- The Washington Times - Monday, June 11, 2007

Millennium scorecard

There are locusts devouring their way through Yemen, conflicts raging through pockets of eastern Congo, food shortages afflicting one-third of Zimbabweans, refugees unable to return to their homes from Somalia to Sudan to Guinea Bissau, and plenty more bad news where that came from.

These are localized examples of what the United Nations and concerned governments and aid groups are battling in their effort to bring basic human dignity and development to the people of sub-Saharan Africa.

In 1999, the U.N. General Assembly agreed to an ambitious set of goals to demonstrably cut extreme poverty in 15 years. These Millennium Development Goals (MDGs) set benchmarks for reducing or eradicating illiteracy, hunger, new HIV infections and child mortality.

The MDGs also would improve environmental sustainability, maternal health care and access to clean water.

Despite isolated successes, the overall plan is not going well. “Challenges remain daunting,” U.N. Deputy Secretary-General Asha-Rose Migiro said last week, noting that real development assistance to the region has increased by only about 2 percent.

One African woman in 16 is at risk of dying from complications in pregnancy or childbirth, compared with one in 3,800 in the developed world. HIV rates are still increasing faster than available treatments.

There are a few bright spots in the 2007 MDG update — a kind of scorecard for the region: Extreme poverty has leveled off since 1999, it says, with some 41 percent of sub-Saharan Africans living on $1 a day or less.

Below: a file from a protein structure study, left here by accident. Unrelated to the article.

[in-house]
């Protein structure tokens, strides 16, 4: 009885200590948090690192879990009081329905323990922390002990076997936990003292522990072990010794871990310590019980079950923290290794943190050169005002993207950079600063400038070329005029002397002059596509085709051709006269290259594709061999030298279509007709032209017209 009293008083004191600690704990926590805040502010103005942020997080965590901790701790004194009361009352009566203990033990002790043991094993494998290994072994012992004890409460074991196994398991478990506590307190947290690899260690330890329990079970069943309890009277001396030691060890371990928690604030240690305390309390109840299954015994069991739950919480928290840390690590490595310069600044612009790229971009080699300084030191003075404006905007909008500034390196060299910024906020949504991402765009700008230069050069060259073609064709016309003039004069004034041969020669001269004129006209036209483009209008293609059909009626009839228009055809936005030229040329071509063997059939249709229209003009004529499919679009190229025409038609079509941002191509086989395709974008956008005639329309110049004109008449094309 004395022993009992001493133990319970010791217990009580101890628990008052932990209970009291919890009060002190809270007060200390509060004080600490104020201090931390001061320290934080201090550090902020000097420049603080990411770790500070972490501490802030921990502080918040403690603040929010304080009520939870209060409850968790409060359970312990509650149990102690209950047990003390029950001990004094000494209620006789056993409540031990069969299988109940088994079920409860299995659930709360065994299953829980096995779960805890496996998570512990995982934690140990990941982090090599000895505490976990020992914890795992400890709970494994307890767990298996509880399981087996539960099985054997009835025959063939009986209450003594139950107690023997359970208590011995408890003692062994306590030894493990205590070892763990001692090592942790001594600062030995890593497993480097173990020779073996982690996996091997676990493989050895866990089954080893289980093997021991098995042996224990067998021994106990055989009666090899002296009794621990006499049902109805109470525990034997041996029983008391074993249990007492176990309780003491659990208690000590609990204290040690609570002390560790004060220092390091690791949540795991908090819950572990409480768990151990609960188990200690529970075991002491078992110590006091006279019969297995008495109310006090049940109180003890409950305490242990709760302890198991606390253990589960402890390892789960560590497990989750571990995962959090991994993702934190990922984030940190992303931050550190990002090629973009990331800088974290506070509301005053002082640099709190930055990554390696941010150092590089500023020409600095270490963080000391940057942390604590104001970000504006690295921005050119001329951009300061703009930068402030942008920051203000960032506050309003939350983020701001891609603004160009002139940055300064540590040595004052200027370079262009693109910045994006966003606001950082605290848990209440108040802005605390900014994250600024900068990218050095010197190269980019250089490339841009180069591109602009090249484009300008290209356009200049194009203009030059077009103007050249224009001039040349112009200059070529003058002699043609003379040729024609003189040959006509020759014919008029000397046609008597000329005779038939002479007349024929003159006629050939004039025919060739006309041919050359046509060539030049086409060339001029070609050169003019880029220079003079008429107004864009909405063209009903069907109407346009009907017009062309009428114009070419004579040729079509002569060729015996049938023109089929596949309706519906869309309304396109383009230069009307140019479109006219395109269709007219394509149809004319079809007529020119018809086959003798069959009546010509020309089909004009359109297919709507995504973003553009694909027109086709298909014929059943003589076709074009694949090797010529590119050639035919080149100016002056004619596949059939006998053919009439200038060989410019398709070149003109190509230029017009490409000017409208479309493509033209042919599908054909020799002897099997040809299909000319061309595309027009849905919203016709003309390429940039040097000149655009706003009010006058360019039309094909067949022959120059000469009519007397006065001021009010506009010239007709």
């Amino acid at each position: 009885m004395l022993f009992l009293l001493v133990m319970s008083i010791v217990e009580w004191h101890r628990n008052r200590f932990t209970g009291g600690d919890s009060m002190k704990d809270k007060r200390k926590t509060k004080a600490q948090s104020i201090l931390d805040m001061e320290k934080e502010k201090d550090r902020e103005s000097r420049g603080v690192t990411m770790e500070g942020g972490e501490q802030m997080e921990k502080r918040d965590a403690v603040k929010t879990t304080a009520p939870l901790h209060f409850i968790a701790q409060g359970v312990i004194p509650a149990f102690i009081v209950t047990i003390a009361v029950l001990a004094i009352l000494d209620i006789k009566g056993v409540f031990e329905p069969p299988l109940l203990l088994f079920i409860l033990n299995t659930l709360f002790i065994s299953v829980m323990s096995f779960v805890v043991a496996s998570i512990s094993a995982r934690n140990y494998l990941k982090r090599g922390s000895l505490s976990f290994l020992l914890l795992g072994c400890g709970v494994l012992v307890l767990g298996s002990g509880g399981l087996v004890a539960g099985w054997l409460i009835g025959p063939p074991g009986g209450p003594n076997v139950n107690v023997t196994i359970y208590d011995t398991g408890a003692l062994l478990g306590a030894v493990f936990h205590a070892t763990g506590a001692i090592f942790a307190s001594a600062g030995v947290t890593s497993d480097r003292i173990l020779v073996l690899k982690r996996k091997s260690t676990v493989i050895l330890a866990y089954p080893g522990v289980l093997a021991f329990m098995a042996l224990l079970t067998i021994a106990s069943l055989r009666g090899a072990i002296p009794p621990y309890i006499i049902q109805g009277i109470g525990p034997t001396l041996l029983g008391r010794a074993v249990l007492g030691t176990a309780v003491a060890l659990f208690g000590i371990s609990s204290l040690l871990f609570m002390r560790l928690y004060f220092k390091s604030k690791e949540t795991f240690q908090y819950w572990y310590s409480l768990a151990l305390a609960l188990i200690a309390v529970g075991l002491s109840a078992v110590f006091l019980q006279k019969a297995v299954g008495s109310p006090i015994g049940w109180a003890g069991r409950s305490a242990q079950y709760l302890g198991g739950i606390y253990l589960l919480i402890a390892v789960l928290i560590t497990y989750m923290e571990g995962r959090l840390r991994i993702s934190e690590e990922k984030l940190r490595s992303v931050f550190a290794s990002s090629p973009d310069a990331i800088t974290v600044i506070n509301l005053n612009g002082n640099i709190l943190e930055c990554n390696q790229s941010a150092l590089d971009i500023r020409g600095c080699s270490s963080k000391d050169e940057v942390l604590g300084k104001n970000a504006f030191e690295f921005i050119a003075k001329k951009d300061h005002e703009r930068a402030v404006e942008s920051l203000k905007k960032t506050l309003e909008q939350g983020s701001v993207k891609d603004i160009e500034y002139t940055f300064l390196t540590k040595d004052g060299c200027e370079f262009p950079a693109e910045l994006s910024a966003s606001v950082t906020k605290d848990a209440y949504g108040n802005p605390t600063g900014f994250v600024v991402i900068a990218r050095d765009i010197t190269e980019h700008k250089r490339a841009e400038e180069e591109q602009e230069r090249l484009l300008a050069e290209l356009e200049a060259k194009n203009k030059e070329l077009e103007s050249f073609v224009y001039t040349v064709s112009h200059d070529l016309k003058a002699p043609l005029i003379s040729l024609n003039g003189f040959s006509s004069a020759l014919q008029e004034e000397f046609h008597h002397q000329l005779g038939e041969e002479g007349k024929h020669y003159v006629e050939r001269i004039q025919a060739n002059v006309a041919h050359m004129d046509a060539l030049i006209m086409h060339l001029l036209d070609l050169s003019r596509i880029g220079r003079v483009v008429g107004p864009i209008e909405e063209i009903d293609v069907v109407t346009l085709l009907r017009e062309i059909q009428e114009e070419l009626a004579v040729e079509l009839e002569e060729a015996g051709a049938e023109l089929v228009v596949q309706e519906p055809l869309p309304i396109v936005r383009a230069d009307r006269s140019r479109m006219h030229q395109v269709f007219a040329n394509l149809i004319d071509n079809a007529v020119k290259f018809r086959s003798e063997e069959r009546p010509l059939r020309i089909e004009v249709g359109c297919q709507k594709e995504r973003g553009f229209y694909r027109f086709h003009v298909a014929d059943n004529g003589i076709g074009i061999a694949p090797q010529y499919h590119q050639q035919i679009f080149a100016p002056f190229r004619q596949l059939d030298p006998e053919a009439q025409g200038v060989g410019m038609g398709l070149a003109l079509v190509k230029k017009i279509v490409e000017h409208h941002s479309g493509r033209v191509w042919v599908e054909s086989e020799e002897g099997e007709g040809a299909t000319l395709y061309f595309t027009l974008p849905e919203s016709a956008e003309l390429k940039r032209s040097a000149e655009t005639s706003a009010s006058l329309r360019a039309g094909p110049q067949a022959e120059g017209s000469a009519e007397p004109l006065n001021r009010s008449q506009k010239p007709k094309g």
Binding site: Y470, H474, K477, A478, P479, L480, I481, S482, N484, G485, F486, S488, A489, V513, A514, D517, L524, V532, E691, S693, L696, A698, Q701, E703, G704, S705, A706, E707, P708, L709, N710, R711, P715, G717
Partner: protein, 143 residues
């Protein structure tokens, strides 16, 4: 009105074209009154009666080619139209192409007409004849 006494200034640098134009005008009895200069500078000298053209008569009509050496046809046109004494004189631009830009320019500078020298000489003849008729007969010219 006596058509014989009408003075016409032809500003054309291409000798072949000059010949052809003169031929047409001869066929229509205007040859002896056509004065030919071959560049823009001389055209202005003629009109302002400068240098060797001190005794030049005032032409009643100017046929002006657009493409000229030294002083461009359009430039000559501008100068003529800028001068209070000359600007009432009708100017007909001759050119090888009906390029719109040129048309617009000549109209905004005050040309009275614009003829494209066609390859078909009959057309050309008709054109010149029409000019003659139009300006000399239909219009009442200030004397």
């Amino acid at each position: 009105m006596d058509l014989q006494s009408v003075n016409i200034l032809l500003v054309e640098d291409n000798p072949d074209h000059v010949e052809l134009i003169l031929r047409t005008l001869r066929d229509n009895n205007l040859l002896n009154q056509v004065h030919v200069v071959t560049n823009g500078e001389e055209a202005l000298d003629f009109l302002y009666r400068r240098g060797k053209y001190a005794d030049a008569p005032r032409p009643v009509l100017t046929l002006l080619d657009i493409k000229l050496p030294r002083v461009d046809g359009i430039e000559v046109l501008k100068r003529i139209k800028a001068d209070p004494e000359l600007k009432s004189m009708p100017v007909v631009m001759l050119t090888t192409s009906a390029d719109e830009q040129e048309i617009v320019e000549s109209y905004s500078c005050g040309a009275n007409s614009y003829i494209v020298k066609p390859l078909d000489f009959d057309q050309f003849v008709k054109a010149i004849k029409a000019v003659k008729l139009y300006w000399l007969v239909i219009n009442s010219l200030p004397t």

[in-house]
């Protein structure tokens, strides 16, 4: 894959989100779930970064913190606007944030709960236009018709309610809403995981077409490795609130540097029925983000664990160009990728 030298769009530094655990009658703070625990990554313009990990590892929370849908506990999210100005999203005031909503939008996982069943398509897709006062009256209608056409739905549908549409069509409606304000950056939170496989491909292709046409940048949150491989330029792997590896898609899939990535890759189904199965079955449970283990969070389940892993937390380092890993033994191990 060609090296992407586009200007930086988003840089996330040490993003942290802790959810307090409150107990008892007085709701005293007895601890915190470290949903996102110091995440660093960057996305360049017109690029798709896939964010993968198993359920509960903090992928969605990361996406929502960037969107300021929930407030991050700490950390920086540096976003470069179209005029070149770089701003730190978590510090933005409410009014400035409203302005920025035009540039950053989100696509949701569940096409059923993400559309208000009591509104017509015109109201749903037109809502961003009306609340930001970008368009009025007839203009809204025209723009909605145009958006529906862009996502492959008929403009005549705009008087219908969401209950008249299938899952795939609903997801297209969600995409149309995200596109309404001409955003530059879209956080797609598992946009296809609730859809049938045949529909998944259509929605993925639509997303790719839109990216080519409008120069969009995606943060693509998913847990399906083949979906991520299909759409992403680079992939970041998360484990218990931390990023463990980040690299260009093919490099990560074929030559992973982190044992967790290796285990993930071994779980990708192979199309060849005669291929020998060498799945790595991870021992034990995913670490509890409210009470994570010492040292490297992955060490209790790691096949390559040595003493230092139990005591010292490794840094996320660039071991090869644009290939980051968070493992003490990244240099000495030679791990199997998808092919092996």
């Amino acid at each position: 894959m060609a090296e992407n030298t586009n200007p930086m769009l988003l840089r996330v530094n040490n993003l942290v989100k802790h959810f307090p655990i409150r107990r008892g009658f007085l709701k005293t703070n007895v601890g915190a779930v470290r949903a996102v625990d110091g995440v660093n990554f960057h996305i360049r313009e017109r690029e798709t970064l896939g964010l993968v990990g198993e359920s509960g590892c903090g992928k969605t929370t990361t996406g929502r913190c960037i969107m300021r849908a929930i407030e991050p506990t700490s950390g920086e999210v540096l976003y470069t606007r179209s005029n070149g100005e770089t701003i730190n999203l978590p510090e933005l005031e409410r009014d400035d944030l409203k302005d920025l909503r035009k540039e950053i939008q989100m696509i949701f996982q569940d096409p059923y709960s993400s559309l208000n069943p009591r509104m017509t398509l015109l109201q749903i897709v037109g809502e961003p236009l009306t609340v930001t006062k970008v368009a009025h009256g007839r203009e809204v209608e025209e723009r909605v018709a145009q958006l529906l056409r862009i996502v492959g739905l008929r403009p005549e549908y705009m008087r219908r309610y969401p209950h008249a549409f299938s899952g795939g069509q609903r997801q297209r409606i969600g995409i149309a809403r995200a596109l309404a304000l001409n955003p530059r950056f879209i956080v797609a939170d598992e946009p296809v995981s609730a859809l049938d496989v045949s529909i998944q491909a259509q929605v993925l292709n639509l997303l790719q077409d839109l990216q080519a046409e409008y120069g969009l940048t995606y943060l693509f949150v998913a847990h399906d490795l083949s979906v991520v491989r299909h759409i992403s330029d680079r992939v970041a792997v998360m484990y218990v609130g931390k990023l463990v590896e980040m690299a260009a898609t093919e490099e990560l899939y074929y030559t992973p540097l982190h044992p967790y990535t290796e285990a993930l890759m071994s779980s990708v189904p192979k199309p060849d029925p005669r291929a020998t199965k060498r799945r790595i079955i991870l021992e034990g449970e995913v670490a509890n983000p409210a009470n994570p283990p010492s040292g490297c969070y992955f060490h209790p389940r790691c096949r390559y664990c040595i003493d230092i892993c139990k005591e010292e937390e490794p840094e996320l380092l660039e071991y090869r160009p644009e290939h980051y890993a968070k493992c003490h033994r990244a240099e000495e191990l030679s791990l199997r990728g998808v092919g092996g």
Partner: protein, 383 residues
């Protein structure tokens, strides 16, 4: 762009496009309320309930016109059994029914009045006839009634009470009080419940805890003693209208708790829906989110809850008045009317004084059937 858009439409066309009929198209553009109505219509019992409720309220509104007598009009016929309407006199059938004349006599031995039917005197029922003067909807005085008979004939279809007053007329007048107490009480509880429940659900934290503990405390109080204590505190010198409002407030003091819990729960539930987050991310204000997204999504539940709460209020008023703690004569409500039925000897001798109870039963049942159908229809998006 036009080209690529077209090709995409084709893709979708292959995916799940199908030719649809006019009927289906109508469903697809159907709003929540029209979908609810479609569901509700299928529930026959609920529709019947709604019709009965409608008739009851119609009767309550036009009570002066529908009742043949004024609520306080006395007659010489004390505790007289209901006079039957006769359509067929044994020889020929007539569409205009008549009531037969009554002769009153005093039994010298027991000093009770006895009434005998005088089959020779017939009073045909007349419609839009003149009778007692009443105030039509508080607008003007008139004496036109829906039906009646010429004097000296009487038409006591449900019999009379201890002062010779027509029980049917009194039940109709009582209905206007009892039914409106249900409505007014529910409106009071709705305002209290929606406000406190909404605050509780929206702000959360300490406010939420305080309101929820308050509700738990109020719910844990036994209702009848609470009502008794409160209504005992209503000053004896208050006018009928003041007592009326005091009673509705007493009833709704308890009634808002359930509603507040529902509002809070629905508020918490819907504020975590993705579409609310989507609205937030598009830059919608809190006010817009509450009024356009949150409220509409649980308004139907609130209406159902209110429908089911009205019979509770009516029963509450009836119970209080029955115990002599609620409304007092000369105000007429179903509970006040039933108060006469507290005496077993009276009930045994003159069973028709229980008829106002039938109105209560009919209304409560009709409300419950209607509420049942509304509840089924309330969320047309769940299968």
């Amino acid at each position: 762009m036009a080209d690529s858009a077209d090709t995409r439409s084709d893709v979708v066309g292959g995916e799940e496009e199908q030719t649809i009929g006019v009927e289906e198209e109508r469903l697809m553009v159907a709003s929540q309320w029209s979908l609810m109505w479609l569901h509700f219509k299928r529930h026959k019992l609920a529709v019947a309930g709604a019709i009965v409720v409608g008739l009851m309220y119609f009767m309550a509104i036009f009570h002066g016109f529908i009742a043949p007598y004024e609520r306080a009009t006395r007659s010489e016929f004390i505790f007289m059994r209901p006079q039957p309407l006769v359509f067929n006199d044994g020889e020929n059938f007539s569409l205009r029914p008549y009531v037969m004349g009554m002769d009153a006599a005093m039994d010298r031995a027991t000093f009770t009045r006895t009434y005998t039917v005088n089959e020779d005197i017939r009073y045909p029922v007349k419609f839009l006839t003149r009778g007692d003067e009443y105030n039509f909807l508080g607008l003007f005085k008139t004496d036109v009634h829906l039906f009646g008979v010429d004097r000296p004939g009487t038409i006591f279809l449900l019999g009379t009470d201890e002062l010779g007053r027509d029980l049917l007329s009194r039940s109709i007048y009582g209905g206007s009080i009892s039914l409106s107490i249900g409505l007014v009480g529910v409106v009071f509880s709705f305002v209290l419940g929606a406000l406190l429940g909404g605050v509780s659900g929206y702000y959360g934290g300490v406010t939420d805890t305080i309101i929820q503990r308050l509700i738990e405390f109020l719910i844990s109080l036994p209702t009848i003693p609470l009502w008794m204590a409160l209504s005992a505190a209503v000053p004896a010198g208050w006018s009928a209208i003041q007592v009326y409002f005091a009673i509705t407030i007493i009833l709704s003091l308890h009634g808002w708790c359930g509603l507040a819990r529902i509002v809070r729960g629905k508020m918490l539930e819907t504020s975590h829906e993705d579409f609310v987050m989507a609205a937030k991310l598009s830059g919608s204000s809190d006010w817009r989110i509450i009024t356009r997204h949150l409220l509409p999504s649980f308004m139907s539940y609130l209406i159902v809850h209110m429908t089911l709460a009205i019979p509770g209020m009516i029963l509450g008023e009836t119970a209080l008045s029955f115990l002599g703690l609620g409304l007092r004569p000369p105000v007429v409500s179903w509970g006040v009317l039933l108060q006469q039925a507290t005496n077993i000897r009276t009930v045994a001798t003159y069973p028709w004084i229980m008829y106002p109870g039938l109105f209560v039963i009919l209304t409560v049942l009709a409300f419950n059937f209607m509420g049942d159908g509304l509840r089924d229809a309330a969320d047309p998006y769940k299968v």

That still leaves 298 million people living in unspeakable conditions.

Access to primary-school education had generally increased but about 30 percent of African children are still unable to enroll. A few countries have abolished school fees, while Ghana is using local crops to offer student lunches.

Malawi is one of the success stories: A voucher program to distribute fertilizer and high-quality seeds to farmers has nearly doubled crop yields in just a year.

Widespread disease, primitive infrastructure that leaves villages isolated, limited access to health care and schools, and reluctant investors are all part of the problem, said Guido Schmidt-Traub, who coordinates MDG group in the U.N. Development Program.

In Heiligendamm, Germany, last week, the Group of Eight leading industrialized nations pledged $60 billion to boost health care in Africa and to double development assistance.

But the announcement included no timetable, and aid specialists note that previous aid promises didn’t yield much of an increase.

Promises and even cash aren’t likely to do much in the short term, U.N. officials lament. “The number of countries on track to achieving the MDGs is zero today,” Mr. Schmidt-Traub concluded.

Working women

More bad news for a summer Monday: One worker in five puts in “excessive” hours each week, according to a ILO study that put Peru, South Korea, Thailand and Pakistan at the top of the list.

The Geneva-based International Labor Organization studied working hours, laws and policy in 50 countries.

Officially, women work shorter hours in every country studied, but the ILO notes that in many places women’s work is often unpaid: caring for home and family, tending family crops and livestock, or producing undocumented piecework.

In Peru, South Korea and Thailand, half the population works more than the recommended cap of 48 hours a week, while in the United States 18 percent do.

That may come as a surprise to Wall Street, Capitol Hill and Silicon Valley.

The ILO points out that too much work cuts into one’s personal health and family time, and contributes to workplace accidents. But many workers spend more time in the office or on the fields because they need the income.

{bullet}Betsy Pisik may be reached via e-mail at bpisik@washingtontimes.com.



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